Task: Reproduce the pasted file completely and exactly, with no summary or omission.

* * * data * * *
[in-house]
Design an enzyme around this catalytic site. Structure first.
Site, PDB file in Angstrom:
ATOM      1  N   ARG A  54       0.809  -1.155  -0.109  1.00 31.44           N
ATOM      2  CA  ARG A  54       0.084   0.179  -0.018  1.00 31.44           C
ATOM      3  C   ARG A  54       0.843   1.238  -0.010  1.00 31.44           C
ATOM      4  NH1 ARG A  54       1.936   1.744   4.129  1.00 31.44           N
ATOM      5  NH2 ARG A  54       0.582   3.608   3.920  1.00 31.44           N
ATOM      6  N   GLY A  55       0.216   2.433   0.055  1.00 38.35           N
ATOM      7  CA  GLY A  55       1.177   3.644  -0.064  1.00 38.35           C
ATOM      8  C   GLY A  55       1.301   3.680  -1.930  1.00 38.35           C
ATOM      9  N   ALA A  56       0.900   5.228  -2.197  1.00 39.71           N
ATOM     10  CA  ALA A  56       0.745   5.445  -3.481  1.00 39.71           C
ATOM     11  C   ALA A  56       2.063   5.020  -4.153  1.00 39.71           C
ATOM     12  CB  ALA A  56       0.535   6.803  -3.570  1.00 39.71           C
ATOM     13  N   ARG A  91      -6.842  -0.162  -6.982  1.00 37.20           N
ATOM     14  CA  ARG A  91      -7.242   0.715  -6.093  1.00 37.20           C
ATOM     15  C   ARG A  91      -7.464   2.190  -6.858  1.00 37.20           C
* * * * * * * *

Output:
[in-house]
Design an enzyme around this catalytic site. Structure first.
Site, PDB file in Angstrom:
ATOM      1  N   ARG A  54       0.809  -1.155  -0.109  1.00 31.44           N
ATOM      2  CA  ARG A  54       0.084   0.179  -0.018  1.00 31.44           C
ATOM      3  C   ARG A  54       0.843   1.238  -0.010  1.00 31.44           C
ATOM      4  NH1 ARG A  54       1.936   1.744   4.129  1.00 31.44           N
ATOM      5  NH2 ARG A  54       0.582   3.608   3.920  1.00 31.44           N
ATOM      6  N   GLY A  55       0.216   2.433   0.055  1.00 38.35           N
ATOM      7  CA  GLY A  55       1.177   3.644  -0.064  1.00 38.35           C
ATOM      8  C   GLY A  55       1.301   3.680  -1.930  1.00 38.35           C
ATOM      9  N   ALA A  56       0.900   5.228  -2.197  1.00 39.71           N
ATOM     10  CA  ALA A  56       0.745   5.445  -3.481  1.00 39.71           C
ATOM     11  C   ALA A  56       2.063   5.020  -4.153  1.00 39.71           C
ATOM     12  CB  ALA A  56       0.535   6.803  -3.570  1.00 39.71           C
ATOM     13  N   ARG A  91      -6.842  -0.162  -6.982  1.00 37.20           N
ATOM     14  CA  ARG A  91      -7.242   0.715  -6.093  1.00 37.20           C
ATOM     15  C   ARG A  91      -7.464   2.190  -6.858  1.00 37.20           C